Take a Tour Inside the Restricted Passages of Versailles
The landmark, which began as a smaller hunting lodge, saw the reign of four kings, which spanned more than a century. While French historians and locals smirk at the sensationalized rumors behind Château du Versailles and its royal occupants, the site is not without its secrets and controversies.
The kings' mistresses (Louis XIII – Louis XV) are portrayed as outcasts in modern films like Sophia Coppola's, Marie Antoinette. In reality, they had their own luxury apartment in the palace, fit with a private stairway the king could discreetly access.
Marie Antoinette would often retreat to Petit Trianon, her private home a few minutes from the main palace. There, she would lounge in a pastel blue salon with sliding walls that could be lowered for sunlight, and raised to prevent her fans or enemies from snooping.
We were allowed to explore the prohibited areas of Versailles, along with historian and research director, Mathieu Da Vinha. Da Vinha gave us the scoop on the more confidential, dark details of this historic gem.
The Stairway of Murder
In the 1700s, a former monk and servant at Versailles attempted to stab and kill King Louis XV on this stairwell. He had entered a door that led to the front courtyard of the palace — an area where the general public was allowed to congregate. The King's thick winter coat prevented knife injuries and saved his life. The servant was put to death by being tortured and having liquid metal poured into his wounds.
Mistress Du Barry's Apartment
Madame Du Barry was a mistress to many during her lifetime, but was also a well-known supporter of the arts. Louis XV was infatuated and gifted her with exorbitant jewelry and clothing. This hand in excessive spending eventually led to her execution by guillotine, following the French Revolution. During her role as mistress, she lived in a luxury apartment in the palace fitted with a library and views of the main courtyard. This was the hidden door and stairway that connected the King's quarters to her room. She wasn't allowed in the King's bedroom, so appointments were set to meet in hers.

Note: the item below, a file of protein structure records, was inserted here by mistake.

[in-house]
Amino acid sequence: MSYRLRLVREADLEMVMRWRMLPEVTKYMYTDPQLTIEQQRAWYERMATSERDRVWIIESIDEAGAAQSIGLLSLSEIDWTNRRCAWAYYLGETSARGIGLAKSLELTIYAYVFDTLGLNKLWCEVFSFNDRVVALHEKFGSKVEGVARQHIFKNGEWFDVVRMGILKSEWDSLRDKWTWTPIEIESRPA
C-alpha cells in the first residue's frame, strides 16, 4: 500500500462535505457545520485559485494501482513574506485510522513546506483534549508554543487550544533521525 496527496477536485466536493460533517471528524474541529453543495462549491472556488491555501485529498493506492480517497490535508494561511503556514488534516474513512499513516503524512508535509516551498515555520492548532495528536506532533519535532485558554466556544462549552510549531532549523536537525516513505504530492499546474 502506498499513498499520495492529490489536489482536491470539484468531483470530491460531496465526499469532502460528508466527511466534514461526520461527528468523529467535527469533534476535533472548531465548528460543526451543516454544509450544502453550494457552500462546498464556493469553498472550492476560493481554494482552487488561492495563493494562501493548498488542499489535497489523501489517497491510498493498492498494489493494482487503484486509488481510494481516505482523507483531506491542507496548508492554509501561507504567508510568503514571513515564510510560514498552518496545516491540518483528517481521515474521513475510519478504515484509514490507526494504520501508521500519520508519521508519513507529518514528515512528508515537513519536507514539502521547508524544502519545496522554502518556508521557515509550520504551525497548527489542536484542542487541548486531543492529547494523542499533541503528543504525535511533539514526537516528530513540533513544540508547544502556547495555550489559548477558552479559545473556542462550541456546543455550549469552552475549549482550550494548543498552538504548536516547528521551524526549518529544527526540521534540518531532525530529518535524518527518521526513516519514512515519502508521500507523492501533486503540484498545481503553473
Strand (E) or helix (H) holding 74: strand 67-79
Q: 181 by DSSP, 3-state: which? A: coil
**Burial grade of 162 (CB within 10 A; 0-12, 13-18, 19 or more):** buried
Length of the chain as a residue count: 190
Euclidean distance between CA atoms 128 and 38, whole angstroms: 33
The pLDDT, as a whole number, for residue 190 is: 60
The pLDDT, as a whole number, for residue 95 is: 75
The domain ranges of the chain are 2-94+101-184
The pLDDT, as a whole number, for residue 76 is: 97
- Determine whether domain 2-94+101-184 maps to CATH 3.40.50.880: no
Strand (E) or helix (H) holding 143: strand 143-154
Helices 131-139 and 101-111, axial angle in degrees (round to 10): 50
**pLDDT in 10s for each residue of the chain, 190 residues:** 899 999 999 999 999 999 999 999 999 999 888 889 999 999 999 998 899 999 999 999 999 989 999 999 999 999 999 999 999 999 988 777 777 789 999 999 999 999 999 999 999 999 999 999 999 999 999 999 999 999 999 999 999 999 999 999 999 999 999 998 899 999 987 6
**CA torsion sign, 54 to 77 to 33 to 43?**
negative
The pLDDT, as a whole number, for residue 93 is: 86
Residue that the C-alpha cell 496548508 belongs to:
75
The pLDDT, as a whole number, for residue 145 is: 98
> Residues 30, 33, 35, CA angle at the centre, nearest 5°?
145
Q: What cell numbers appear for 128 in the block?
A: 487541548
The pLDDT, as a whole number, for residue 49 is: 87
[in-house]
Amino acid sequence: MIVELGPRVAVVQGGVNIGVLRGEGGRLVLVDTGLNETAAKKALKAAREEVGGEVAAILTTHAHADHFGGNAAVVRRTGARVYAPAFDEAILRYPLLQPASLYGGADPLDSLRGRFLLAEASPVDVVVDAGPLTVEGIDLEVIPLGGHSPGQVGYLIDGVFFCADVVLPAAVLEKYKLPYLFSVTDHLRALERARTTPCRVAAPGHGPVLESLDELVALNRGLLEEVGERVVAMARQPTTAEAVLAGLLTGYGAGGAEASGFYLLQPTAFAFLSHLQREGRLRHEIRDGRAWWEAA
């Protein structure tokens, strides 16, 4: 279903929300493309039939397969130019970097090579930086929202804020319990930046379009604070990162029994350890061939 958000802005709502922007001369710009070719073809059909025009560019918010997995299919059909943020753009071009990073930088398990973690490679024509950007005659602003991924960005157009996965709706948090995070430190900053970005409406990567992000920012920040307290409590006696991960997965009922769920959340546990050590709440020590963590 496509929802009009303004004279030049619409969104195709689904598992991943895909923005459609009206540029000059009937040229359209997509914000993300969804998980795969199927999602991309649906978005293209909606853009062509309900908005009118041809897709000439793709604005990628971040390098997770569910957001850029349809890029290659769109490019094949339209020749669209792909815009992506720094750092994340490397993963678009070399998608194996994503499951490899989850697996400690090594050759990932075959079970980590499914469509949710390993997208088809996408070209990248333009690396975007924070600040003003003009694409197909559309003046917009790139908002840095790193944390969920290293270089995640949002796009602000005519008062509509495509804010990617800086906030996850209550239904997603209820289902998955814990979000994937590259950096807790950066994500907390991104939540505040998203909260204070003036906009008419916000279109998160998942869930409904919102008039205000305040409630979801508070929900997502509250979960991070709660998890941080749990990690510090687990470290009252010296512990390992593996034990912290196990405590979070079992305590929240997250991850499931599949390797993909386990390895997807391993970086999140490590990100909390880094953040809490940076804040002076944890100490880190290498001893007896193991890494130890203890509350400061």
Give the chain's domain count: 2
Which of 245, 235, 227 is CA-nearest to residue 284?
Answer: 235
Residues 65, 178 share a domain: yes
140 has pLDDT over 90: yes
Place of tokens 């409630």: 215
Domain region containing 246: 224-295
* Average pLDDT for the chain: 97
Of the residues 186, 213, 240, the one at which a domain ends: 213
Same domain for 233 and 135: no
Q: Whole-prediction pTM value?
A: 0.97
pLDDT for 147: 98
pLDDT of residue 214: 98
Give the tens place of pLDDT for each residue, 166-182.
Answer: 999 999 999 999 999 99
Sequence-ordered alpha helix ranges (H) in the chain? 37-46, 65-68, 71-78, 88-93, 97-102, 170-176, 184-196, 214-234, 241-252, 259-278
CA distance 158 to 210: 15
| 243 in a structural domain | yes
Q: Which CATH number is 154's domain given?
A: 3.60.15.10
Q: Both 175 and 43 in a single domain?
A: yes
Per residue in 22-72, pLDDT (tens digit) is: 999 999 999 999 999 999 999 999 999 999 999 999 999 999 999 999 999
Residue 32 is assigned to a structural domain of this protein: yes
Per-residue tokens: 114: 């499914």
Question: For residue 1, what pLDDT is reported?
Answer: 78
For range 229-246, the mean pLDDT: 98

The Anti-Mistress Gate
King Louis XVI, son of Louis XV and husband to Marie Antoinette, was said to be the only king who didn't engage in extramarital affairs. He decided to prove this and make a bold statement by installing a sharp-pronged metal gate in the middle of the stairway that once served as his grandfather's cheating route.
The Education Rooms
Louis XVI, more of a shy intellect than socialite, became interested in science, geography, and key crafting at a young age. He would later become known for his locksmith talents. He likely inherited this trait from his father, Louis XV, who was also interested in the natural sciences, medicine, and printing presses. This room served as a private space to research, study, and experiment during their childhood and adulthood.
Marie Antoinette's Moving Mirrors
The Petit Trianon was originally built for kings' mistresses and was once occupied by the controversial Madame Du Barry. When Louis XVI became king, he gave the smaller, tranquil residence to his wife, Marie Antoinette. Marie would take refuge there often to escape the pressures and formalities of the palace. She wanted the home as private and casual as her era would allow. This included a boudoir with moving wall panels that could slide up or down, depending on how discreet the queen needed to be.
The King's Library
French Kings and Queen had two sets of residences at Versailles. State apartments were areas where the general public could visit, including bedrooms, although the king didn't actually sleep there. Private apartments are where royalty spent their off-duty hours and led more normal lives. This was Louis XVI's private library and office, where his love of geography is evident. According to Da Vinha, the king would use this telescope to watch those entering the palace and socializing in the front court.
The Maids' Quarters
While the kings' mistresses lived in opulence, their servants slept in rooms barely large enough to walk around in. The servants also had maids of their own, who slept in cubbyholes in the wall within the same room. In a residence with plenty of room to spare, it's one of the grim details of daily palace life.
The King's Water Closet
Considered one of the most beautiful rooms in the Palace, according to Da Vinha, this is actually King Louis XVI's private wardrobe den and bathroom. An 18th century-style toilet is behind a hidden door in the wall. The room has floor-to-ceiling gold detail and elements of the king's love for geography and science can be seen in symbols along the walls.
The Private Courtyard
This outdoor space served as a private meeting point for Louis XV and Madame Du Barry, and is one of the more charming areas of Versailles. The site's origin as a smaller lodge can be felt here and the kings' love of hunting is also evident. It's easy to imagine the beginnings of a romantic affair or an off-the-record political conversation taking place on these open-air terraces — far away from the stiff complexities of the Palace.